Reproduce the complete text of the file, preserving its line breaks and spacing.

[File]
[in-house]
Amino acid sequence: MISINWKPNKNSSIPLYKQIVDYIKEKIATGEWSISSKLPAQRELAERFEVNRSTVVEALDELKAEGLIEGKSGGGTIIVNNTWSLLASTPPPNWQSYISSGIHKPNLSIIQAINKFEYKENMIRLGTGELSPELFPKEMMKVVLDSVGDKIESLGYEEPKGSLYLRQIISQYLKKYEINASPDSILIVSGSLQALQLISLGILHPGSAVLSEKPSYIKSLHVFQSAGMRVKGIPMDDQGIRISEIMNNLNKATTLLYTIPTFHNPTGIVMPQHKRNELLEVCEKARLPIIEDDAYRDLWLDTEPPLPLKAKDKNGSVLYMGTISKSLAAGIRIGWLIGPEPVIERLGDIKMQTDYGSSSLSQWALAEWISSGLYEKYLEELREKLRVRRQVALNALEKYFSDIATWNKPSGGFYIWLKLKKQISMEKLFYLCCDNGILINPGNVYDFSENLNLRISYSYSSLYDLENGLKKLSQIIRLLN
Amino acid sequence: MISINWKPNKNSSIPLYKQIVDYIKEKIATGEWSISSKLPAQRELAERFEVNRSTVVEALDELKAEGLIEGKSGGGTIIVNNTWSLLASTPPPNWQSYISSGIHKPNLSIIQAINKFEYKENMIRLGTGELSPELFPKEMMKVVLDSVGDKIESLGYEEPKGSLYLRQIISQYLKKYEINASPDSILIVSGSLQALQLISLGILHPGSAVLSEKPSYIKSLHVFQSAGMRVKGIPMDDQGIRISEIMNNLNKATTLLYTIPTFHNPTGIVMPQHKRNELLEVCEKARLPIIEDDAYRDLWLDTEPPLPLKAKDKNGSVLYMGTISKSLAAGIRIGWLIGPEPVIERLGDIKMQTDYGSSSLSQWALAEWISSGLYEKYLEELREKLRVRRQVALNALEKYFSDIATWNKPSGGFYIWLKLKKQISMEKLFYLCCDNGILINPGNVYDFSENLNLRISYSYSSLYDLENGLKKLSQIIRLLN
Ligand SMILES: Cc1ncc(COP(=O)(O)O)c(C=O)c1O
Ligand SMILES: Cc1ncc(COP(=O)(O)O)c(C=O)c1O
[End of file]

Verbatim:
[in-house]
Amino acid sequence: MISINWKPNKNSSIPLYKQIVDYIKEKIATGEWSISSKLPAQRELAERFEVNRSTVVEALDELKAEGLIEGKSGGGTIIVNNTWSLLASTPPPNWQSYISSGIHKPNLSIIQAINKFEYKENMIRLGTGELSPELFPKEMMKVVLDSVGDKIESLGYEEPKGSLYLRQIISQYLKKYEINASPDSILIVSGSLQALQLISLGILHPGSAVLSEKPSYIKSLHVFQSAGMRVKGIPMDDQGIRISEIMNNLNKATTLLYTIPTFHNPTGIVMPQHKRNELLEVCEKARLPIIEDDAYRDLWLDTEPPLPLKAKDKNGSVLYMGTISKSLAAGIRIGWLIGPEPVIERLGDIKMQTDYGSSSLSQWALAEWISSGLYEKYLEELREKLRVRRQVALNALEKYFSDIATWNKPSGGFYIWLKLKKQISMEKLFYLCCDNGILINPGNVYDFSENLNLRISYSYSSLYDLENGLKKLSQIIRLLN
Amino acid sequence: MISINWKPNKNSSIPLYKQIVDYIKEKIATGEWSISSKLPAQRELAERFEVNRSTVVEALDELKAEGLIEGKSGGGTIIVNNTWSLLASTPPPNWQSYISSGIHKPNLSIIQAINKFEYKENMIRLGTGELSPELFPKEMMKVVLDSVGDKIESLGYEEPKGSLYLRQIISQYLKKYEINASPDSILIVSGSLQALQLISLGILHPGSAVLSEKPSYIKSLHVFQSAGMRVKGIPMDDQGIRISEIMNNLNKATTLLYTIPTFHNPTGIVMPQHKRNELLEVCEKARLPIIEDDAYRDLWLDTEPPLPLKAKDKNGSVLYMGTISKSLAAGIRIGWLIGPEPVIERLGDIKMQTDYGSSSLSQWALAEWISSGLYEKYLEELREKLRVRRQVALNALEKYFSDIATWNKPSGGFYIWLKLKKQISMEKLFYLCCDNGILINPGNVYDFSENLNLRISYSYSSLYDLENGLKKLSQIIRLLN
Ligand SMILES: Cc1ncc(COP(=O)(O)O)c(C=O)c1O
Ligand SMILES: Cc1ncc(COP(=O)(O)O)c(C=O)c1O